Friday, September 04, 2009

Is the Stimulus Working?

Yes, no, maybe, depending on the beholder's politics, economic theories and selective reading of the meager statistics and evidence available.

Vice-President Biden speechified yesterday that, after 200 days, the $787 billion stimulus, although not a “single silver bullet” but “silver buckshot,” was helping the economy. “Without it we’d be in much deeper trouble,” he said, claiming that "Instead of talking about the beginning of a depression, we are talking about the end of a recession."

As unemployment reaches 9.7 percent, Republican Chairman Michael Steele was quick to counter, "The Democrats' rhetoric on their economic experiment doesn't match with the reality of millions of Americans remaining unemployed."

The Washington Post takes the middle ground with a headline, "Stimulus Credited for Lifting Economy, But Worries About Unemployment Persist" and reports that "economists generally agree that the package has played a significant part in stabilizing the economy. They are less certain about the size of the impact."

For those who prefer to make up their own minds, the White House website offers statistics, maps and graphs to show how much money has gone out the door and where, noting that the Council of Economic Advisers will be issuing its first Quarterly Report next week.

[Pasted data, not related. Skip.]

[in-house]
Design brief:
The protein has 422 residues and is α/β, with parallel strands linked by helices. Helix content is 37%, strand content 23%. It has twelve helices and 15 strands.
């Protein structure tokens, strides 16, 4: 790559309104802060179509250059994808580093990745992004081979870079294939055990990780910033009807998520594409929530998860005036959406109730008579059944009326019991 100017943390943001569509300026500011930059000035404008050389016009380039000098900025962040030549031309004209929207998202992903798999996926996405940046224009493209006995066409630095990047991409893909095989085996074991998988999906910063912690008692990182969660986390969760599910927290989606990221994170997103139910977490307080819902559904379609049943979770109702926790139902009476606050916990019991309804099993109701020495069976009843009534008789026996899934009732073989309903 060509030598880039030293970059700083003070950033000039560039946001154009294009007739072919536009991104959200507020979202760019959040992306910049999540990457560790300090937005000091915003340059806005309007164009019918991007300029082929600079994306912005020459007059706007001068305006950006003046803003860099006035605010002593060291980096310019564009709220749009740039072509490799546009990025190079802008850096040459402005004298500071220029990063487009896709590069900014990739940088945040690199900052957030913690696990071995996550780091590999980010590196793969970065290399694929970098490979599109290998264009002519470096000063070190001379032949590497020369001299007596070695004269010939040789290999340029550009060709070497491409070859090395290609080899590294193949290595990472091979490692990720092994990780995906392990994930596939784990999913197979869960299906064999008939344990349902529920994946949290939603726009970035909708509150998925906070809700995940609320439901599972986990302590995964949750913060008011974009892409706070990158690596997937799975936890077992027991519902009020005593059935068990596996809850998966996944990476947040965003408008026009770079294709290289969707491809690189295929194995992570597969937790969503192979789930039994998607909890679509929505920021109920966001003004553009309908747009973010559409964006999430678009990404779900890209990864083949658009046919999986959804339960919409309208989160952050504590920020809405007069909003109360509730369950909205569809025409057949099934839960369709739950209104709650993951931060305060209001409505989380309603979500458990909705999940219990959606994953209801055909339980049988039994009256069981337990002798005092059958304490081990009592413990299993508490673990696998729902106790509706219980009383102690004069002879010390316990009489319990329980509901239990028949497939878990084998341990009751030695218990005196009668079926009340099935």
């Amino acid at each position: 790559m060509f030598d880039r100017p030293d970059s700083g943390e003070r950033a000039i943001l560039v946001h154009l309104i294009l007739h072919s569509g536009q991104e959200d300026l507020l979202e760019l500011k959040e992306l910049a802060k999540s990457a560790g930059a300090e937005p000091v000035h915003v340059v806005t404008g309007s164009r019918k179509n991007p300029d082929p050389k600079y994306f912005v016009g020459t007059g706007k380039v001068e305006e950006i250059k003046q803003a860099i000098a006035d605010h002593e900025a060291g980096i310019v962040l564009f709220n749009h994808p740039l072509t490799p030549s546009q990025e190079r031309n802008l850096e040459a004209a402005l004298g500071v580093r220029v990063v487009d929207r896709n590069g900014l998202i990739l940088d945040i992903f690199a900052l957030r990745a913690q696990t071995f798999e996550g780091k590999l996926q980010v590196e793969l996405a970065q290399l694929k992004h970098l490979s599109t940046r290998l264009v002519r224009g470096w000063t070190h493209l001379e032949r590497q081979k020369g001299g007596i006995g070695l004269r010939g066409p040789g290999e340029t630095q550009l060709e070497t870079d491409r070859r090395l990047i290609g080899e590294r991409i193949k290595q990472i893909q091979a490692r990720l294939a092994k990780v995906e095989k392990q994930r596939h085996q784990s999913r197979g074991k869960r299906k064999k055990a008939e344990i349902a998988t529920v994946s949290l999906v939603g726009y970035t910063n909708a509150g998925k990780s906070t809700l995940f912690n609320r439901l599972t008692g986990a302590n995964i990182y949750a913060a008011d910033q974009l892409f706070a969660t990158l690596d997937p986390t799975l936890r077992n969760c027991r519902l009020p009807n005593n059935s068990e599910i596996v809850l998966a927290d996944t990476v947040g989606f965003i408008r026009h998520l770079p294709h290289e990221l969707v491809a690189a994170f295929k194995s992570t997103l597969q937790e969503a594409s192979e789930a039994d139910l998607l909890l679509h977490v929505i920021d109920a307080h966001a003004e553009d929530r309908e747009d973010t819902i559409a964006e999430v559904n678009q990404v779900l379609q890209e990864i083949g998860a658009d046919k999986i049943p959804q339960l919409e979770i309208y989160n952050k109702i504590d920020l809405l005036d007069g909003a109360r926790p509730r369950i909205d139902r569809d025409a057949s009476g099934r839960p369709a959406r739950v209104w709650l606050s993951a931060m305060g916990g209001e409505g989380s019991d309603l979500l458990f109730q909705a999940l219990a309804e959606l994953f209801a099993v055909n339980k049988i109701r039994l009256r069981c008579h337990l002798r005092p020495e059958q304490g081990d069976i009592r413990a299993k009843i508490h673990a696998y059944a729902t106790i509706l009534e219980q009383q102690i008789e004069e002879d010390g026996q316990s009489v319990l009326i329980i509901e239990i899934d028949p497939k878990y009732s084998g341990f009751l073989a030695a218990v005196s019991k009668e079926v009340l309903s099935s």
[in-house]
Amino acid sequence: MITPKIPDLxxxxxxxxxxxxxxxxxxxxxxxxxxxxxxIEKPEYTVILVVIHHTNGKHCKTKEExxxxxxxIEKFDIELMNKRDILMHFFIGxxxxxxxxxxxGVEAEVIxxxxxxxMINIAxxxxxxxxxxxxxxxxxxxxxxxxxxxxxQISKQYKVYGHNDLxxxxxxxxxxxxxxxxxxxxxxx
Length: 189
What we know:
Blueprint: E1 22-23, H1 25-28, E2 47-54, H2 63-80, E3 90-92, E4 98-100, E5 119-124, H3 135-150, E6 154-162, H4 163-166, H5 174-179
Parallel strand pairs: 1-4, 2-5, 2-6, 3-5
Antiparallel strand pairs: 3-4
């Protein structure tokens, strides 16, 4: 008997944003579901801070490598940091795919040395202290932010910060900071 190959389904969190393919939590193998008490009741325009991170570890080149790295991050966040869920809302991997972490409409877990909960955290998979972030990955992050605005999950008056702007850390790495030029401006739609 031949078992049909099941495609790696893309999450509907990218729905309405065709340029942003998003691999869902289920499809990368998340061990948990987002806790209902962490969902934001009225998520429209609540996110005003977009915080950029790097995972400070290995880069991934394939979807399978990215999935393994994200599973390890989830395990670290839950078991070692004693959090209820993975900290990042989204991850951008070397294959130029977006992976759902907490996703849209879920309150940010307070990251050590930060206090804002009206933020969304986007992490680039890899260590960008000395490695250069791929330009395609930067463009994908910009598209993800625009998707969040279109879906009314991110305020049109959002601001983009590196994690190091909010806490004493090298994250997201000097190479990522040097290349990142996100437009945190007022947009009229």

The bottom line on the stimulus is there is no bottom line in sight, but that won't keep the pontificators from exercising their opinions as fact.

In his long takeout "How Did Economists Get It So Wrong?" in this Sunday's New York Times Magazine, Paul Krugman notes about his professional colleagues:

"[Robert] Lucas says the Obama administration’s stimulus plans are 'schlock economics,' and his Chicago colleague John Cochrane says they’re based on discredited 'fairy tales.' In response, Brad DeLong of the University of California, Berkeley, writes of the 'intellectual collapse' of the Chicago School, and I myself have written that comments from Chicago economists are the product of a Dark Age of macroeconomics in which hard-won knowledge has been forgotten."

While economists carry on their academic food fight, the rest of us can just keep watching our taxpayer money flowing out and holding our breaths.

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